Electroencephalogram (EEG) examination: rhythmic disorders, spike-slow wave bursts on low-amplitude background waves or persistent diffuse slow activity; the presence of “burst suppression”, “low voltage” or even “resting” is severe HIE. The abnormal degree of EEG is parallel to the severity of the disease. The prognosis of patients with normal EEG or single lesion is good; persistent abnormal EEG (isopotential, low potential, fast wave, burst suppression wave, etc.), especially periodic, multifocal or diffuse changes, is a signal of the sequelae of nervous system.

Brainstem auditory evoked potentials (BAEP) are characterized by delayed outflow, prolonged latency, flattened amplitude and wave loss. The amplitude of V wave and the ratio of V/I amplitude were observed dynamically.

Doppler ultrasound cerebral blood flow velocity (CBV) measurement: help to understand the situation of cerebral perfusion, high CBV suggestive of cerebral palsy and lack of autonomic regulation, low CBV suggestive of extensive cerebral necrosis, low perfusion, or even no perfusion.

6. Cerebral metabolic monitoring

Magnetic resonance spectroscopy (MRS): MRS is a non-invasive method to detect chemical components in vivo (such as ATP, creatine phosphate, lactic acid, etc.). It can measure the metabolism of brain tissue in vivo, and can reflect the degree of hypoxic-ischemic brain injury more early and sensitively than MRI.

Near-infrared spectroscopy (NIRS): NIRS is a new optical diagnostic technique developed abroad in recent years. It can directly measure the changes of oxyhemoglobin and reduced hemoglobin in brain tissues. It can actually understand the oxygenation in brain and indirectly reflect the cerebral hemodynamics and intracellular biological oxidation process.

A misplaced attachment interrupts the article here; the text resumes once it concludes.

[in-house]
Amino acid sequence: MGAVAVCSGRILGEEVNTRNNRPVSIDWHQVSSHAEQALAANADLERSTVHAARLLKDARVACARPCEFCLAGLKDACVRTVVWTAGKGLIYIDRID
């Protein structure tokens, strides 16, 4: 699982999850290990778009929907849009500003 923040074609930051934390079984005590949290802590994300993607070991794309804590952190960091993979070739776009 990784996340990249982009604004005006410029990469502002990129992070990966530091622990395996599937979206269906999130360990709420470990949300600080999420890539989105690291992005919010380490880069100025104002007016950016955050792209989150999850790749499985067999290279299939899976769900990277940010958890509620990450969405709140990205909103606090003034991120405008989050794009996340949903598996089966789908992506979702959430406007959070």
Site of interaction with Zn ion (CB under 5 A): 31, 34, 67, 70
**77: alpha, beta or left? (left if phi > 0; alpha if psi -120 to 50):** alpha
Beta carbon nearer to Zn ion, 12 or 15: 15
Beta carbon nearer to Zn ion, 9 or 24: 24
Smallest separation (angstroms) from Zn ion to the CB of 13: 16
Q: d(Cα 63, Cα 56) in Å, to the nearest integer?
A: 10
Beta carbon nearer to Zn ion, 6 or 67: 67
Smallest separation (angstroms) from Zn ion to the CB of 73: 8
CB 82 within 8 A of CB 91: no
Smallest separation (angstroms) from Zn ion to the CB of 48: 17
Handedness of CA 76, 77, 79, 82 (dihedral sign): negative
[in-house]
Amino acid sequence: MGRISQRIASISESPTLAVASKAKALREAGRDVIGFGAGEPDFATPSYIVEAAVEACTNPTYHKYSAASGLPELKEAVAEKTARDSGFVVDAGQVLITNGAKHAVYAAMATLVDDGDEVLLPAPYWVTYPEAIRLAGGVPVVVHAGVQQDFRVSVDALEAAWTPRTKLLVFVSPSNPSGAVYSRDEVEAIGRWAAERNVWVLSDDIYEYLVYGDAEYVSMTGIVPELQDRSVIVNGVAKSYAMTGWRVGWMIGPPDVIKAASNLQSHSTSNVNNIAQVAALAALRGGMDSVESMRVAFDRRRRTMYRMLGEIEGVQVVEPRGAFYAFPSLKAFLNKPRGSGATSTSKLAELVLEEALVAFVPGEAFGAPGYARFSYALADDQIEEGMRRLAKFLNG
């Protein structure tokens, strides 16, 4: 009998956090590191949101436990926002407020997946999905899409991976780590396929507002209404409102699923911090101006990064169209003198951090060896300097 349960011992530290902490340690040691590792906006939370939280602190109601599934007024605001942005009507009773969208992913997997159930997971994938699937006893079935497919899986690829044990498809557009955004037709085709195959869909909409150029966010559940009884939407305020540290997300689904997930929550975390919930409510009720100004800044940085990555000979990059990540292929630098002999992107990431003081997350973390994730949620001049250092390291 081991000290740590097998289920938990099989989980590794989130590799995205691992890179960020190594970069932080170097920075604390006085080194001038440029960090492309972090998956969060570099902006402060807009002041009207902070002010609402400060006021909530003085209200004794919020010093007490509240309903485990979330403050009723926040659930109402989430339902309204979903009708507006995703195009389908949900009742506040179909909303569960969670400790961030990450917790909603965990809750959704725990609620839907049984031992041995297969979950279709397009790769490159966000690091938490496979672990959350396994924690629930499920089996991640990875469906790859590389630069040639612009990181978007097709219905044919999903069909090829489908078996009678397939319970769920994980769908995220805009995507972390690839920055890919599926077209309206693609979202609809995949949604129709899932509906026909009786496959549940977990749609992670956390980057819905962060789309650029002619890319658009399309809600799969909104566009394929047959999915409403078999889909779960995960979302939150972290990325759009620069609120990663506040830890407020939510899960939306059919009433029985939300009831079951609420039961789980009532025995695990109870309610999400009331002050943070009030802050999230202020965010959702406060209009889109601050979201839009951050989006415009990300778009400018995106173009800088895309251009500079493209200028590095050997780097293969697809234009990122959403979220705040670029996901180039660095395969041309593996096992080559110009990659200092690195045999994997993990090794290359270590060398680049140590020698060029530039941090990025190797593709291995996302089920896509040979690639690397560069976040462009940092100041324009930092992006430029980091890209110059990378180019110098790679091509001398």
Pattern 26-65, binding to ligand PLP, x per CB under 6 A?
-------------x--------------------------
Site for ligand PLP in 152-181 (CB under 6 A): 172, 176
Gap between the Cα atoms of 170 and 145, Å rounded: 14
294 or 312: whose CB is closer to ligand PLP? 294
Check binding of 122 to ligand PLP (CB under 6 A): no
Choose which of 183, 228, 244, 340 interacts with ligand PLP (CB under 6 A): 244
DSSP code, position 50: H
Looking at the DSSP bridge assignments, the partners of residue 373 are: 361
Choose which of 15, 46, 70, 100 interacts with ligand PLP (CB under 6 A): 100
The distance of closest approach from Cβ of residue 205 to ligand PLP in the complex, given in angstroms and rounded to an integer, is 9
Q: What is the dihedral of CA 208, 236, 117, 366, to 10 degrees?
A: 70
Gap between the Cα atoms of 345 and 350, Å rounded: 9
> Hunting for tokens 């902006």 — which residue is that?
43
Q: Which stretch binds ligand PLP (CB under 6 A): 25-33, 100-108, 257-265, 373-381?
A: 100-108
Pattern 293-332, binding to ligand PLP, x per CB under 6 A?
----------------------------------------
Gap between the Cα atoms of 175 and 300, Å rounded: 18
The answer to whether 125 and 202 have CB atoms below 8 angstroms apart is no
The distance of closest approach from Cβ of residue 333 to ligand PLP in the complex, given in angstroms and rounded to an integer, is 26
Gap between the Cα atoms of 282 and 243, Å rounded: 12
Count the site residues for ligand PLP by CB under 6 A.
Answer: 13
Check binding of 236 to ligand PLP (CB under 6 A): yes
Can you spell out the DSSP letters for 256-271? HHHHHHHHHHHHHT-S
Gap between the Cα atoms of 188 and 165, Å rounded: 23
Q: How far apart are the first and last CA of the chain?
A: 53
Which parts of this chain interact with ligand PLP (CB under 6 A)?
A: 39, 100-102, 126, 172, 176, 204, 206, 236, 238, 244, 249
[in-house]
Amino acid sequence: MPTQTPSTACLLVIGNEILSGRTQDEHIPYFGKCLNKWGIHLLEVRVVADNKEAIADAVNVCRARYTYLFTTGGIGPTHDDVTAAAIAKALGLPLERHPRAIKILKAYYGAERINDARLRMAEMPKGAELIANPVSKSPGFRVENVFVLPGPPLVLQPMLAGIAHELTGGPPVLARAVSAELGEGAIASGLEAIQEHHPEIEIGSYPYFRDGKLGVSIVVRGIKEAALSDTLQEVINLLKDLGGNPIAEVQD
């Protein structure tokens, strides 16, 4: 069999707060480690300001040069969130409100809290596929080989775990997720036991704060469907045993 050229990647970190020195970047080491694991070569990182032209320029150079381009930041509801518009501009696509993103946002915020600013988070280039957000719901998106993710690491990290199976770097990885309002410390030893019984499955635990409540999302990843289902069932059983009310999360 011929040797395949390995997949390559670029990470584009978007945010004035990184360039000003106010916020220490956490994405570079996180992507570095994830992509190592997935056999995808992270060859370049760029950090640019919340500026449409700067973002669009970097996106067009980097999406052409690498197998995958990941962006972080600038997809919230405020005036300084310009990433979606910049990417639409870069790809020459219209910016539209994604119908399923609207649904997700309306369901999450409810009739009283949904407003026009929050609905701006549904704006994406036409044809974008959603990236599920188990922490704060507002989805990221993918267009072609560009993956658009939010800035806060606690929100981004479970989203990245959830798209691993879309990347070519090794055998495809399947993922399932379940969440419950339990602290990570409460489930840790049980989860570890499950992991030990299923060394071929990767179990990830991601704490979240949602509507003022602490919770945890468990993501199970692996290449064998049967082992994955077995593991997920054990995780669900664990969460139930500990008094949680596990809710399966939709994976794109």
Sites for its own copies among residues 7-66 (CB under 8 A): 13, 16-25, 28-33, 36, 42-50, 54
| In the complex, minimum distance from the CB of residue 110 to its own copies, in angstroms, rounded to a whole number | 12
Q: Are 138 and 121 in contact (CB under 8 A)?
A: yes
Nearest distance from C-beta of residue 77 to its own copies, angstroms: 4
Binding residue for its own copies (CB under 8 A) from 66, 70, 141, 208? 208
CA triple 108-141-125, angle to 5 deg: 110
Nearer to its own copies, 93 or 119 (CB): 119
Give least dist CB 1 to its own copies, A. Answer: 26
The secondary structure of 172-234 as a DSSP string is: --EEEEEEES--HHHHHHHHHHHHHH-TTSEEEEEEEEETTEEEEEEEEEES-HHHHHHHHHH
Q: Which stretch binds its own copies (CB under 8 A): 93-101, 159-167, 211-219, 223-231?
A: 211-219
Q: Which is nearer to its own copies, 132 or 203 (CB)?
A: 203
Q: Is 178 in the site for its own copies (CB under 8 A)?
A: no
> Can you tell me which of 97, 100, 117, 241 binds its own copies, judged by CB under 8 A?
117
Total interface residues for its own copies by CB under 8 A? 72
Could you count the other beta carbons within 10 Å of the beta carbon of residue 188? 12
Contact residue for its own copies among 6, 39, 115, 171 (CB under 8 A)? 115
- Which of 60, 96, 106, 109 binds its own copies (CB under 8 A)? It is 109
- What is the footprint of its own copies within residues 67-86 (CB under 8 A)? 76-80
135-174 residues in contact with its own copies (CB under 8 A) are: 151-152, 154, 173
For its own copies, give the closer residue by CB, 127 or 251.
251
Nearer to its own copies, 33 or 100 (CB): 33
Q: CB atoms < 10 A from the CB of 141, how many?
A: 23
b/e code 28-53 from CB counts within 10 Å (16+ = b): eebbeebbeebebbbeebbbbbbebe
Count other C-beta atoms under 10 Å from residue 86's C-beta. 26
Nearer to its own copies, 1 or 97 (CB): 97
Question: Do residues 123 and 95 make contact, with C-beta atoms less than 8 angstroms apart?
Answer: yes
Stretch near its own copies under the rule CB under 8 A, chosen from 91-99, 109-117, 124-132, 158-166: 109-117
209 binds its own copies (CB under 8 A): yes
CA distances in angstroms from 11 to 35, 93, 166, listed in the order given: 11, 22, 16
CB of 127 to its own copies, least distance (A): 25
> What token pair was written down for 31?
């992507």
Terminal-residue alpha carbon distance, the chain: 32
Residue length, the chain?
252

In order to make accurate physical judgment for newborns and prevent hypoxic-ischemic encephalopathy (HIE) caused by perinatal asphyxia, pregnant women should choose hospital delivery as far as possible in order to reduce the damage caused by childbirth accidents to newborns.

Treatment of neonatal hypoxic-ischemic encephalopathy

Once perinatal asphyxia occurs, the neonate is most likely to suffer from hypoxic ischemic encephalopathy. Health care workers need immediate physical examination and treatment. The aim of treatment of neonatal hypoxic-ischemic encephalopathy is to improve the metabolic function of damaged neurons as far as possible and maintain the stability of the internal environment.

1. General treatment:

(1) Correction of hypotension: to ensure adequate cerebral blood flow perfusion, commonly used dopamine 5-10 ug/kg per minute, intravenous drip.

(2) correct metabolic acidosis: slow slow drops after diluted with sodium bicarbonate 2-3mEg/kg10% glucose.

(3) correct hypoxemia and hypercapnia: use respirator when necessary.

(4) intravenous calcium gluconate can be obtained when blood calcium is below 1.9mmol/L.

(5) Adequate glucose supply to meet the energy metabolism needs of brain tissue: 6-8 mg/kg per minute.

(6) limit liquid intake: 50-60ml/kg per day. The infusion speed was less than 4ml/kg/h.

2. Control convulsion:

The first dose of sodium phenobarbital is 15-20mg/kg. If not, add 1-2 times at 5 mg/kg intervals of 5-10 minutes with a total load of 25-30mg/kg. On the second day, 4-5mg/kg was maintained daily (once or two times intravenously). It is better to monitor the blood concentration and stop it for a week after the seizure stops. If convulsion is frequent, it can be added with diazepam or hydrated chloral.

3. Control intracranial hypertension:

Dexamethasone 0.5mg/kg and furosemide 1mg/kg were injected intravenously for 4-6 hours. After 2-3 times, if the intracranial pressure is still high, use mannitol 0.25-0.5g/kg for intravenous injection, intermittent for 4-6 hours. Strive to reduce intracranial pressure within 48-72 hours.

4. Central nervous system stimulants:

Cytochrome C, urea triphosphate, coenzyme A can be used daily intravenous drip, until the symptoms improved significantly; also can be used cytochrome choline 100-125 mg / day, diluted static point, the second day after birth, once a day intravenous drip; Cerebrolysin 5ml diluted with normal saline intravenous drip, can improve brain metabolism.

Treatment must continue until symptoms disappear completely. Moderate HIE should be treated for 10-14 days, and severe HIE should be treated for 14-21 days or longer. The earlier the treatment begins, the better the treatment should begin within 24 hours after birth. Try to avoid all kinds of pathological factors after birth.